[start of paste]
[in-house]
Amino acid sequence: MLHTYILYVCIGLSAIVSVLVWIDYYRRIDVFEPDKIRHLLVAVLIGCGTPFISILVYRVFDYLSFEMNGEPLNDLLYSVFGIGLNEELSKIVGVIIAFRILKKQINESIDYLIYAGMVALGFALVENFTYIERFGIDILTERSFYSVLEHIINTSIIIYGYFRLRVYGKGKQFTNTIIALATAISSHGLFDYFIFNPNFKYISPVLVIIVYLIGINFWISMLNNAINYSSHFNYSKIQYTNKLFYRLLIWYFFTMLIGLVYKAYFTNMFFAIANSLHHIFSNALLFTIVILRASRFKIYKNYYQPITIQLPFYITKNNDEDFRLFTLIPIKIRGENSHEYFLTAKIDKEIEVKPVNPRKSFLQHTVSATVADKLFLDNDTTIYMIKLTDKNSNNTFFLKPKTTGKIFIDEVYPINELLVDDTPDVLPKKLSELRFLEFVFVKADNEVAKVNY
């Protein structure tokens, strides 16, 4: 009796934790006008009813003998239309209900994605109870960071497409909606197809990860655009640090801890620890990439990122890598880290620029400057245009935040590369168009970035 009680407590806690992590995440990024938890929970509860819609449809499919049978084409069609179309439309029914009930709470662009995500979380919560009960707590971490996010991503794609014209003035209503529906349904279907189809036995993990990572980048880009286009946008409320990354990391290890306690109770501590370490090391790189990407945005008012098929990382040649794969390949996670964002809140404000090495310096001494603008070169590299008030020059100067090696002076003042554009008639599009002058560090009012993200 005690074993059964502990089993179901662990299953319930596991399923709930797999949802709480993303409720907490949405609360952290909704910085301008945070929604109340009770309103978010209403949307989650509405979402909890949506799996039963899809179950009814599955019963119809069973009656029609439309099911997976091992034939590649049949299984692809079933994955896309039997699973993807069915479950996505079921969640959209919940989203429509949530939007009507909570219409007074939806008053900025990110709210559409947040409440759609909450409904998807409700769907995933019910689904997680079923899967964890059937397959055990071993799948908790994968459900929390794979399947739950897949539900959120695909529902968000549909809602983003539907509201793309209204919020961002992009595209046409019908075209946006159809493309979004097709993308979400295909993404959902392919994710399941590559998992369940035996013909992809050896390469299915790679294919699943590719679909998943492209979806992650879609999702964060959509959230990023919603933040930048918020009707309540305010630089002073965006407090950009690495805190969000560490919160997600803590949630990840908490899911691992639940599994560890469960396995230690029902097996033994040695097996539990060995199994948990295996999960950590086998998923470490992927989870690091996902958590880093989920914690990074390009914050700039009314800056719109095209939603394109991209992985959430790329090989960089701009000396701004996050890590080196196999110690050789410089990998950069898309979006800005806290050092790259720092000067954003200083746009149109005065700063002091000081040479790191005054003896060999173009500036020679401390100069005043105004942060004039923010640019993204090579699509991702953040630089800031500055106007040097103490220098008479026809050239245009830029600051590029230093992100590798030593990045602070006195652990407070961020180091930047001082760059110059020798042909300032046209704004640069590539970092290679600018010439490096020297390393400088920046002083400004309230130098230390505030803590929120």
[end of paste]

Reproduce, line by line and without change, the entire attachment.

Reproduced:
[in-house]
Amino acid sequence: MLHTYILYVCIGLSAIVSVLVWIDYYRRIDVFEPDKIRHLLVAVLIGCGTPFISILVYRVFDYLSFEMNGEPLNDLLYSVFGIGLNEELSKIVGVIIAFRILKKQINESIDYLIYAGMVALGFALVENFTYIERFGIDILTERSFYSVLEHIINTSIIIYGYFRLRVYGKGKQFTNTIIALATAISSHGLFDYFIFNPNFKYISPVLVIIVYLIGINFWISMLNNAINYSSHFNYSKIQYTNKLFYRLLIWYFFTMLIGLVYKAYFTNMFFAIANSLHHIFSNALLFTIVILRASRFKIYKNYYQPITIQLPFYITKNNDEDFRLFTLIPIKIRGENSHEYFLTAKIDKEIEVKPVNPRKSFLQHTVSATVADKLFLDNDTTIYMIKLTDKNSNNTFFLKPKTTGKIFIDEVYPINELLVDDTPDVLPKKLSELRFLEFVFVKADNEVAKVNY
């Protein structure tokens, strides 16, 4: 009796934790006008009813003998239309209900994605109870960071497409909606197809990860655009640090801890620890990439990122890598880290620029400057245009935040590369168009970035 009680407590806690992590995440990024938890929970509860819609449809499919049978084409069609179309439309029914009930709470662009995500979380919560009960707590971490996010991503794609014209003035209503529906349904279907189809036995993990990572980048880009286009946008409320990354990391290890306690109770501590370490090391790189990407945005008012098929990382040649794969390949996670964002809140404000090495310096001494603008070169590299008030020059100067090696002076003042554009008639599009002058560090009012993200 005690074993059964502990089993179901662990299953319930596991399923709930797999949802709480993303409720907490949405609360952290909704910085301008945070929604109340009770309103978010209403949307989650509405979402909890949506799996039963899809179950009814599955019963119809069973009656029609439309099911997976091992034939590649049949299984692809079933994955896309039997699973993807069915479950996505079921969640959209919940989203429509949530939007009507909570219409007074939806008053900025990110709210559409947040409440759609909450409904998807409700769907995933019910689904997680079923899967964890059937397959055990071993799948908790994968459900929390794979399947739950897949539900959120695909529902968000549909809602983003539907509201793309209204919020961002992009595209046409019908075209946006159809493309979004097709993308979400295909993404959902392919994710399941590559998992369940035996013909992809050896390469299915790679294919699943590719679909998943492209979806992650879609999702964060959509959230990023919603933040930048918020009707309540305010630089002073965006407090950009690495805190969000560490919160997600803590949630990840908490899911691992639940599994560890469960396995230690029902097996033994040695097996539990060995199994948990295996999960950590086998998923470490992927989870690091996902958590880093989920914690990074390009914050700039009314800056719109095209939603394109991209992985959430790329090989960089701009000396701004996050890590080196196999110690050789410089990998950069898309979006800005806290050092790259720092000067954003200083746009149109005065700063002091000081040479790191005054003896060999173009500036020679401390100069005043105004942060004039923010640019993204090579699509991702953040630089800031500055106007040097103490220098008479026809050239245009830029600051590029230093992100590798030593990045602070006195652990407070961020180091930047001082760059110059020798042909300032046209704004640069590539970092290679600018010439490096020297390393400088920046002083400004309230130098230390505030803590929120």